TOPCon solar module production hits cells bottleneck

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At the Intersolar India 2024 in Gujarat,  several solar manufacturers in India spoke with pv magazine. Most have started TOPCon module production and are getting a good response from the market. TOPCon is expected to command almost 50% market by the end of this year.

While TOPCon cell capacities are underway by some manufacturers, these will be insufficient to cater to the current requirements of domestic module manufacturers.

The lack of domestically produced cells is a challenge even for mono PERC module manufacturers. This limits the market for domestic panel manufacturers as government projects under the Ministry of New and Renewable Energy’s schemes and programmes mandate cells to be made in India under the domestic content requirement.

The cell manufacturers in India have been prioritizing domestic cell production for in-house module manufacturing or exports, particularly to the US market, exacerbating the scarcity of cells for domestic projects.

“While the demand for domestic mono PERC solar cells has surged due to government utility-based tenders and subsidy schemes, the domestic manufacturing capacity has not kept pace, leading to a significant demand-supply gap. This has resulted in the cost of domestic solar cells being more than two to almost three times that of imported A-grade cells, despite the wafers for cell manufacturing being sourced internationally. Adding to the complexity, India cells are about 20-35% costlier than imported cells having the same wafers. This discrepancy has put module manufacturers, especially those without their own cell production lines, in a difficult position, making it challenging to meet the demand for DCR modules effectively,” Anurag Garg, CEO, Jakson Solar Modules & Product Business, told pv magazine.

“With p-type mono PERC cell (M10 size) as the current dominant technology in India and n-type cells gaining traction, there is an evident need to expand production capacities. The industry is gradually moving towards technologies like TOPCon, which is upgradable from mono PERC, and HJT, which requires a different cell process. This transition underscores the need for technological upgrades and increased investment in cell manufacturing capabilities.”

Adani Solar has unveiled an n-type TOPCon bifacial solar module built with indigenously produced cell

Adani Solar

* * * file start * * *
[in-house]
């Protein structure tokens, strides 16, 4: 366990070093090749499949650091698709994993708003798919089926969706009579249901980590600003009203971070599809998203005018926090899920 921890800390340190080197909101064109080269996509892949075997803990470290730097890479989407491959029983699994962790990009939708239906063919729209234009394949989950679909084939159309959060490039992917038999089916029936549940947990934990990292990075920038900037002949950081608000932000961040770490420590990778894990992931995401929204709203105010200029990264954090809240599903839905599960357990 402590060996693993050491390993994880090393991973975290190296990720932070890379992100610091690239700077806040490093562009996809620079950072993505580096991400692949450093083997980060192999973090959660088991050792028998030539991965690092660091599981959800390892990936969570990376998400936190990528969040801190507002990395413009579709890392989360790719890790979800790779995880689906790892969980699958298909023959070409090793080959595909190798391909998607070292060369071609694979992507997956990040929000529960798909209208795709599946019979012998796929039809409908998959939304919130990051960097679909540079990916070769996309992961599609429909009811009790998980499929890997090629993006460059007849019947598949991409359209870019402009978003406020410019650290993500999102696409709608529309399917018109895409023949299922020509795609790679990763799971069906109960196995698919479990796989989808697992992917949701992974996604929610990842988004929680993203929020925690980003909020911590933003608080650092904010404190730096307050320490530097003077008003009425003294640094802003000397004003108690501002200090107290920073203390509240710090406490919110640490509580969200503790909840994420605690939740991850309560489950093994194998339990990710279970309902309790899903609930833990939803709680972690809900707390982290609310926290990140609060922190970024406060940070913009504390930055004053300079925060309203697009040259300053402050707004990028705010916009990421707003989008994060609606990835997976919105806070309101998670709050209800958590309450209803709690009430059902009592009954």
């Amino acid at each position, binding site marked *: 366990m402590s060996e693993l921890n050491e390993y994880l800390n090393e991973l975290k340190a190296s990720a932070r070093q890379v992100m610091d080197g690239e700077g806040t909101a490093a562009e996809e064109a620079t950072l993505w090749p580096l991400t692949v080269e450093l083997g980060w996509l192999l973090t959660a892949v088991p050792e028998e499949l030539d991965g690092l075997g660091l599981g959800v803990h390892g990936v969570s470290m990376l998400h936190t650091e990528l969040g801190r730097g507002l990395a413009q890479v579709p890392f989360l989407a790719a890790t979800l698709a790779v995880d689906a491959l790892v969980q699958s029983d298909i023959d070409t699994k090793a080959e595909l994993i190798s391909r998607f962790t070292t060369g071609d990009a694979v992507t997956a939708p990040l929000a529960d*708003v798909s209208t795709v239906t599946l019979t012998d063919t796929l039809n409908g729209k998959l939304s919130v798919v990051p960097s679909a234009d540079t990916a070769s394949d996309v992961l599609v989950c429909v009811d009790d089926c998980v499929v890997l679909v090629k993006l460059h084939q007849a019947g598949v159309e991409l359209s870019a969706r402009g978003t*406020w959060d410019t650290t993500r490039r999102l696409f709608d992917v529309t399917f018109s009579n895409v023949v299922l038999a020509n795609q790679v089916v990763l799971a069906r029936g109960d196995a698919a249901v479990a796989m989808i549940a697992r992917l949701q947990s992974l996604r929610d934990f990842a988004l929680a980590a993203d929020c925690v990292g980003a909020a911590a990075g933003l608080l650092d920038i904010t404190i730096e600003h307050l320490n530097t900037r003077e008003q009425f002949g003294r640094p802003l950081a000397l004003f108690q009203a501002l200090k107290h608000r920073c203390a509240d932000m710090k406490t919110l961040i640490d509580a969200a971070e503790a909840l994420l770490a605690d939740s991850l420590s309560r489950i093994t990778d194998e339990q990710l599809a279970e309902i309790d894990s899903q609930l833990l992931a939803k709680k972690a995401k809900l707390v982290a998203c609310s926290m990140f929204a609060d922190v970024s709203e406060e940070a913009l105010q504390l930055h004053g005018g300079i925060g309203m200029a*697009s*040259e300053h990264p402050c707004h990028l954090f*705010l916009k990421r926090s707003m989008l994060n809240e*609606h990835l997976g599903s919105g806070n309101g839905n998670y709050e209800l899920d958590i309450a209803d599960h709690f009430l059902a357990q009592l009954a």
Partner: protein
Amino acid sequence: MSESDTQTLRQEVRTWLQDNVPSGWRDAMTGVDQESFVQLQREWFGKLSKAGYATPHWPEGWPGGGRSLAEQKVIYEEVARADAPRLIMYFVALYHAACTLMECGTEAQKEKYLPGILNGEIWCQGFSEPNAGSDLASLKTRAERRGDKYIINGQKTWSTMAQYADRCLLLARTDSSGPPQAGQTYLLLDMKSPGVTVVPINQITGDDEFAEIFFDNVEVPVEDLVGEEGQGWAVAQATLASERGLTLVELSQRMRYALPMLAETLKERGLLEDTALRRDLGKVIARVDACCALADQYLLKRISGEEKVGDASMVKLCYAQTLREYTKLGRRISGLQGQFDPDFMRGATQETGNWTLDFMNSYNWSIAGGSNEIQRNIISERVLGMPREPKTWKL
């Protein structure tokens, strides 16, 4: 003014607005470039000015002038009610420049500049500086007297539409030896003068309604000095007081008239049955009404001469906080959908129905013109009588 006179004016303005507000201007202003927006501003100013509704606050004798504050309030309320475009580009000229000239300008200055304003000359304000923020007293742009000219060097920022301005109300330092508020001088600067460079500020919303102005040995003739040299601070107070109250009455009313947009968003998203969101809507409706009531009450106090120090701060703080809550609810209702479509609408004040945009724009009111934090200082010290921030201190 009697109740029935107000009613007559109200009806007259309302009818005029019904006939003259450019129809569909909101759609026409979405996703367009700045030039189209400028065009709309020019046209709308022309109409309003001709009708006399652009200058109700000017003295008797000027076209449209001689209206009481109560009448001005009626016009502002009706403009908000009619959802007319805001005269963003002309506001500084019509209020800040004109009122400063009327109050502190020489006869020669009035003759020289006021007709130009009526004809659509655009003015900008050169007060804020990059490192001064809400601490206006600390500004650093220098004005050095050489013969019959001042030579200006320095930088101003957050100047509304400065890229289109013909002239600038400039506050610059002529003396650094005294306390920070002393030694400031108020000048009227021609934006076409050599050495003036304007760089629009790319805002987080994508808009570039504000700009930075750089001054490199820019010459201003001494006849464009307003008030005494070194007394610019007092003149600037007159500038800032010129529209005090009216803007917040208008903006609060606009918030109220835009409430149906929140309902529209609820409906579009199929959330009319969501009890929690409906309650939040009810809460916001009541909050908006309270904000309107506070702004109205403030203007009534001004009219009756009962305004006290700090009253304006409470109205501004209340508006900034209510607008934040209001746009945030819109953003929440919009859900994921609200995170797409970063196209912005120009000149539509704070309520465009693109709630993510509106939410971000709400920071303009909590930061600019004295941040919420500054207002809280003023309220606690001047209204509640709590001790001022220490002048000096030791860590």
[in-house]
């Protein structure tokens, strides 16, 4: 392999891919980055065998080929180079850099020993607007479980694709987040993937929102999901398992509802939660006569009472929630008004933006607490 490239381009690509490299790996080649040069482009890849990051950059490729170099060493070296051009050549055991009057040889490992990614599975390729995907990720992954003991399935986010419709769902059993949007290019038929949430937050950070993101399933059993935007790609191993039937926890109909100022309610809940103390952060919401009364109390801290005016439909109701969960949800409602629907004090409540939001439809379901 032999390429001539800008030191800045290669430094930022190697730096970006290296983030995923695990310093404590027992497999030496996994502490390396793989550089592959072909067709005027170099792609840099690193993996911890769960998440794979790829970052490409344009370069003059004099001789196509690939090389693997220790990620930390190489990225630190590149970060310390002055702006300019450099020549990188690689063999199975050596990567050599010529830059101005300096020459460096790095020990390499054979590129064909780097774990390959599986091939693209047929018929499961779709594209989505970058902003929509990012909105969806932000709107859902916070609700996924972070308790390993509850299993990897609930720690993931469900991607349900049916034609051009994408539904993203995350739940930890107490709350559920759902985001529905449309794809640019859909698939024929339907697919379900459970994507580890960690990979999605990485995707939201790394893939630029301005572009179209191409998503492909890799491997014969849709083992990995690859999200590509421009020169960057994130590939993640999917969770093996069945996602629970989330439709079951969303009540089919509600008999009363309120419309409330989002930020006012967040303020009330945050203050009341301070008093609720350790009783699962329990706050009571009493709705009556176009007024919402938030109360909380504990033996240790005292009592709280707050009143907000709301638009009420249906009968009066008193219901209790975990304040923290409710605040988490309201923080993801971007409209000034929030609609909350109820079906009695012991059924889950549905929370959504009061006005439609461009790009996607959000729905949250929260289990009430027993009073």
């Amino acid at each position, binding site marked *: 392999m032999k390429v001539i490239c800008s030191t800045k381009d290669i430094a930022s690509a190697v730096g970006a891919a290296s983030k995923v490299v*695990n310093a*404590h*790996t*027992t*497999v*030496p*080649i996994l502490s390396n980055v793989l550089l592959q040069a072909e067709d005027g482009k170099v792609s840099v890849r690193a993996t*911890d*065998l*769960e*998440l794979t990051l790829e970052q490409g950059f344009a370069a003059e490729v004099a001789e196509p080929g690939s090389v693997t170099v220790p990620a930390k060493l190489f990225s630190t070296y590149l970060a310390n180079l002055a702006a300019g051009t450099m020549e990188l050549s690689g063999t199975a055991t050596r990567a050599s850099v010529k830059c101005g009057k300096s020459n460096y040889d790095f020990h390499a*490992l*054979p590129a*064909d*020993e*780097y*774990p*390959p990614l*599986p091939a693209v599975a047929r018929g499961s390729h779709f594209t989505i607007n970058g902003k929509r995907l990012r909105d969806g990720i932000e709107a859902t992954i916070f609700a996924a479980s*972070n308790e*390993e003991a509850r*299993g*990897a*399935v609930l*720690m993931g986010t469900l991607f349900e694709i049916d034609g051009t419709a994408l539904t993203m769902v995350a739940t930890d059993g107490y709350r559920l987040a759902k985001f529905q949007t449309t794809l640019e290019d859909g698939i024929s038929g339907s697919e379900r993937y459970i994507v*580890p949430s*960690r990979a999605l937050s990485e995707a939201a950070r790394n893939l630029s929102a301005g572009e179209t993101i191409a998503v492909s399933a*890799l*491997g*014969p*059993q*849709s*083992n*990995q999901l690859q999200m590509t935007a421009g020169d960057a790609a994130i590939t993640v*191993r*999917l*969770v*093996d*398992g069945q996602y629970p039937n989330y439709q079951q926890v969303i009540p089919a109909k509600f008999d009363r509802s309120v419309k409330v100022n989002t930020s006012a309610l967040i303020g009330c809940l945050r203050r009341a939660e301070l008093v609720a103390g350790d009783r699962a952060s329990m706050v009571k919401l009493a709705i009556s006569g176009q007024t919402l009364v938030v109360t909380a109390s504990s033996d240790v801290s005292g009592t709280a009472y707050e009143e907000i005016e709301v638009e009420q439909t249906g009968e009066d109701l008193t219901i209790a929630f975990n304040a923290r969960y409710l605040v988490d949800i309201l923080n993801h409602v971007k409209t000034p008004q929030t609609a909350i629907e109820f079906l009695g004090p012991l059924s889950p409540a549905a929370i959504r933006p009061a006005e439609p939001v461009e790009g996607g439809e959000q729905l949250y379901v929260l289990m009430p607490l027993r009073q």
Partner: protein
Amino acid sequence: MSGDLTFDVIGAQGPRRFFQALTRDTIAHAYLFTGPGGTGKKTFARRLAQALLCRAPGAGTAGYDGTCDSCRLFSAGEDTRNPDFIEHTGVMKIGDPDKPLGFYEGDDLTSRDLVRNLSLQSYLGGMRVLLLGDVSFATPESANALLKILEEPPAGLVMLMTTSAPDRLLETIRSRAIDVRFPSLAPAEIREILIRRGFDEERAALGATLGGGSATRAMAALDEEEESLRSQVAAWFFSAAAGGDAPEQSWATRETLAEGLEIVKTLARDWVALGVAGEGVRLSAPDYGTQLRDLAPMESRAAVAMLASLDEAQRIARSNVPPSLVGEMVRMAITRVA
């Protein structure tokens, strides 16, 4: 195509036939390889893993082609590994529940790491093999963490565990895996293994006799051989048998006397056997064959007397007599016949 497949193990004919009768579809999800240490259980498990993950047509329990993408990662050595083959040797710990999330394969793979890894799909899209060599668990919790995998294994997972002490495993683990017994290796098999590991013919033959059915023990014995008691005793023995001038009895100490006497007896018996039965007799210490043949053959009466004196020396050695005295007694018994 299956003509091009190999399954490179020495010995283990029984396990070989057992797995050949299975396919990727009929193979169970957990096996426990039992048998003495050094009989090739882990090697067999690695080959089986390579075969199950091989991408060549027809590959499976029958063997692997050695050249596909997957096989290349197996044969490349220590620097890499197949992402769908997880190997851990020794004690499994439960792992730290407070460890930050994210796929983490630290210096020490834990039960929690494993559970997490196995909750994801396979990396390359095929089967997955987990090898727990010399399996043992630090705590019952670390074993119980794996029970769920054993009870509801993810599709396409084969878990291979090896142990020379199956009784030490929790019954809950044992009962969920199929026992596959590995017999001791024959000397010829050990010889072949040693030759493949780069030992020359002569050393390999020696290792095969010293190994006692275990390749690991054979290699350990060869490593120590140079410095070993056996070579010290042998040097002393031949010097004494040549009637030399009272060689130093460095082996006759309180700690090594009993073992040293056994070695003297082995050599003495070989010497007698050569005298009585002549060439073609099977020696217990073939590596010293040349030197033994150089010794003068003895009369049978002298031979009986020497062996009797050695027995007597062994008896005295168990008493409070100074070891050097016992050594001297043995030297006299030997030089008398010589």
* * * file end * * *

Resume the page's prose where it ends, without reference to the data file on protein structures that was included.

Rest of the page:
According to Garg, key challenges to ramping up cell production include high capital expenditure for establishing manufacturing facilities, the necessity of technological advancements, and the recruitment of skilled manpower.

Right now, TOPCon and HJT are the two competing technologies. “HJT technology typically involves more complex manufacturing processes than conventional solar cell technologies like monocrystalline PERC and TOPCon. This complexity can result in higher production costs, making HJT panels more expensive. In markets like India where cost competitiveness is crucial, the higher upfront cost of HJT panels could be a barrier to adoption,” said Tanmoy Duari, CEO, AXITEC Energy India.

DCR cell unavailability: a temporary problem?

The current shortage of DCR cells indeed poses a significant challenge, given an expected increase in the demand from government-supported residential solar projects.

“This year, rooftop solar is trending as the government has approved the PM-Surya Ghar: Muft Bijli Yojana with a total outlay of about $9 billion to install rooftop solar and provide free electricity every month for 10 million households. There is new excitement among solar panel manufacturers to fulfill this demand in the next 18 months,” Amol Anand, co-founder and director of Loom Solar tells pv magazine.

However, DCR cells supply is seen as a transient issue. “The construction of new cell manufacturing plants and the eventual operationalization of capacities under the PLI scheme to mitigate the demand-supply gap. However, these solutions will require time to fully materialize and may initially be insufficient to meet the combined demands of the domestic and export markets,” Garg said.

Policy considerations

Given the crisis in sourcing quality domestic cells and the logical disconnect in their pricing, there’s a strong argument against the continuation of the DCR mandate in its current form.

“The variance in prices among suppliers claiming to use DCR cells, which affects the cost and efficiency of solar projects, further complicates the issue. Instead of a strict DCR mandate, adopting a broader Domestic Content Requirement that encompasses up to 50% of the total Balance of System (BoS) could stimulate the development of ancillary industries like frames and glass, which are crucial to the solar panel sector but not covered under the PLI scheme,” said Garg.

 

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